Moving can be time consuming, and expensive. The good news is that you might be eligible for a federal tax deduction for your moving costs.
Pass the tests
The first requirement is that the move be work-related. You don’t have to be an employee; the self-employed can also be eligible for the moving expense deduction.
The second is a distance test. The new main job location must be at least 50 miles farther from your former home than your former main job location was from that home. So a work-related move from city to suburb or from town to neighboring town probably won’t qualify, even if not moving would increase your commute significantly.
Finally, there’s a time test. You must work full time at the new job location for at least 39 weeks during the first year. If you’re self-employed, you must meet that test plus work full time for at least 78 weeks during the first 24 months at the new job location. (Certain limited exceptions apply.)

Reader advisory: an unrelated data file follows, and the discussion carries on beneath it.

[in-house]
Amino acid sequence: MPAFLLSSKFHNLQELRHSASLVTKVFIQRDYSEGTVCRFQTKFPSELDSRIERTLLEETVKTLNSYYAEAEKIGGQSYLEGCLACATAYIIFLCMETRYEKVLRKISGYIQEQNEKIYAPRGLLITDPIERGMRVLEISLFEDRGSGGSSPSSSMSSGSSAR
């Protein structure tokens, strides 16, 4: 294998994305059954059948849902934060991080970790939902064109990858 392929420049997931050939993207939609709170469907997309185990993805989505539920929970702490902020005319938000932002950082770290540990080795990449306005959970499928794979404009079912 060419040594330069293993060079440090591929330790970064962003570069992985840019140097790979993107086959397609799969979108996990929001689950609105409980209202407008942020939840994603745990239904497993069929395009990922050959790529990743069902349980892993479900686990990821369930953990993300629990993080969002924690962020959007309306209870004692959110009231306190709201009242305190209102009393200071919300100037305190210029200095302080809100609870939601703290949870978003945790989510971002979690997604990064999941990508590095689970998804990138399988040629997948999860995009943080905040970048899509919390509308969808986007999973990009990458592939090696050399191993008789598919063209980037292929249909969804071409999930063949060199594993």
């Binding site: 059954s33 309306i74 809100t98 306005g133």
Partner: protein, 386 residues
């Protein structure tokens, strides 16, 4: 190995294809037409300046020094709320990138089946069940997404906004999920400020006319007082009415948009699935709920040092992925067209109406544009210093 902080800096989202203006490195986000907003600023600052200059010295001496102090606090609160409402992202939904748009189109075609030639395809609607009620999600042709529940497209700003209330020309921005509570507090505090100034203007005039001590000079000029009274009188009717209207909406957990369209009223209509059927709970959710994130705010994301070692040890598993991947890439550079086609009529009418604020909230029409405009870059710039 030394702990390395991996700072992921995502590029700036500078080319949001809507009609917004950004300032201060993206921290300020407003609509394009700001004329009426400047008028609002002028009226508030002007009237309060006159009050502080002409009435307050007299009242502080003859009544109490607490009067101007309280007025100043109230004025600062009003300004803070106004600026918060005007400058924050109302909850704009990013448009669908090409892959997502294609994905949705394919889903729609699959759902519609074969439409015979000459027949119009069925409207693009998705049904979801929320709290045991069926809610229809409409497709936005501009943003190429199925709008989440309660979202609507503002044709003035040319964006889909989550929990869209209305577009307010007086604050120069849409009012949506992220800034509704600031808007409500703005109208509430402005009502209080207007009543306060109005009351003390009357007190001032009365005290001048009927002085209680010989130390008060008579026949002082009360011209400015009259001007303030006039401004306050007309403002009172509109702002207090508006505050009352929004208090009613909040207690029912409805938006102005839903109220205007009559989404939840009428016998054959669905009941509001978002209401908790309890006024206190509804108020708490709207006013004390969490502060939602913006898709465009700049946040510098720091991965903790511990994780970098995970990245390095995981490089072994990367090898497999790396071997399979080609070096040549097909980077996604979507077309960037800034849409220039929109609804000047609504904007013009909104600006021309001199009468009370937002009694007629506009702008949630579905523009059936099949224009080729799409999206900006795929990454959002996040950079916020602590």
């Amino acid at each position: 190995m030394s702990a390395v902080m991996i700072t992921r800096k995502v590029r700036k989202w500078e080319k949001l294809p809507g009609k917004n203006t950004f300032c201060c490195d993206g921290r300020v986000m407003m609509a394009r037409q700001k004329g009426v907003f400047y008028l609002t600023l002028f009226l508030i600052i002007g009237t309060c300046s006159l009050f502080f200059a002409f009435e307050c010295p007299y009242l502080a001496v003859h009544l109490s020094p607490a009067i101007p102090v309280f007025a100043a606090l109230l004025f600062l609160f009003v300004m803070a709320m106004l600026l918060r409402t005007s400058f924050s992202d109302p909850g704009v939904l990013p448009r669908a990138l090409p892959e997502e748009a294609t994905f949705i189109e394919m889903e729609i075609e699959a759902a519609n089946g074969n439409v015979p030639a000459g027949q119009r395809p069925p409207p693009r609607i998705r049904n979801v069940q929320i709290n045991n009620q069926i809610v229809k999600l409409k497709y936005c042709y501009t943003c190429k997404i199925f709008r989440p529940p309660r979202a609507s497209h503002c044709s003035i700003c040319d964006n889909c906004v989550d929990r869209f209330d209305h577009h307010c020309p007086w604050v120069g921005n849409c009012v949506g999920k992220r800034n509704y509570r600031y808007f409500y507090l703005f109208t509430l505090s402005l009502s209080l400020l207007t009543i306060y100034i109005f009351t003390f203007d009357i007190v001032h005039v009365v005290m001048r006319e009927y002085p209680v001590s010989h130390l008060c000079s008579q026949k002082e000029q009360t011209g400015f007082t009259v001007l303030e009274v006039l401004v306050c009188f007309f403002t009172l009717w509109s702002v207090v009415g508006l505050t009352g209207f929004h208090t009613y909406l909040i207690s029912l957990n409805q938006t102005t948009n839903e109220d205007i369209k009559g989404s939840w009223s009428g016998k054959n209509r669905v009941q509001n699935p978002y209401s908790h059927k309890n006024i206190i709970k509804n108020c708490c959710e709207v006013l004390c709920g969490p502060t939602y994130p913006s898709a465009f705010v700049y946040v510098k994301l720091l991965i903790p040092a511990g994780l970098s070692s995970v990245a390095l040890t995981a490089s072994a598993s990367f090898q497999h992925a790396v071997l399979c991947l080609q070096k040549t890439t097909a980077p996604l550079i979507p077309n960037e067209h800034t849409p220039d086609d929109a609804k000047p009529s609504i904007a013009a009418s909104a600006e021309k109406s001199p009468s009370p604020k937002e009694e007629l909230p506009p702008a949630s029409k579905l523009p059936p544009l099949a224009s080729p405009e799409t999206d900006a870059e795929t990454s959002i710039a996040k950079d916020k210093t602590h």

So which expenses can be written off? Generally, you can deduct transportation and lodging expenses for yourself and household members while moving.
In addition, you can likely deduct the cost of packing and transporting your household goods and other personal property. And you may be able to deduct the expense of storing and insuring these items while in transit. Costs related to connecting or disconnecting utilities are usually deductible, too.
But don’t expect to write off everything. Meal costs during move-related travel aren’t deductible. Nor is any part of the purchase price of a new home or expenses incurred selling your old one. And, if your employer later reimburses you for any of the moving costs you’ve deducted, you may have to include the reimbursement as income on your tax return.
Questions about whether your moving expenses are deductible? Or what you can deduct?
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About the Author
Eric R. Soro CPA
Eric, embraces the challenges of taxes and puts them to work for the client. He focuses on every aspect of a client's needs, from preparing top-level corporate and partnership returns through to the culmination of member and shareholder individual returns. Taking into account the ever changing tax laws, Eric researches the complex topics that affect his client's taxes so that he may efficiently plan his process and yield the optimal results. He joined Dopkins as an intern in 2006 then full-time in 2007 upon graduation.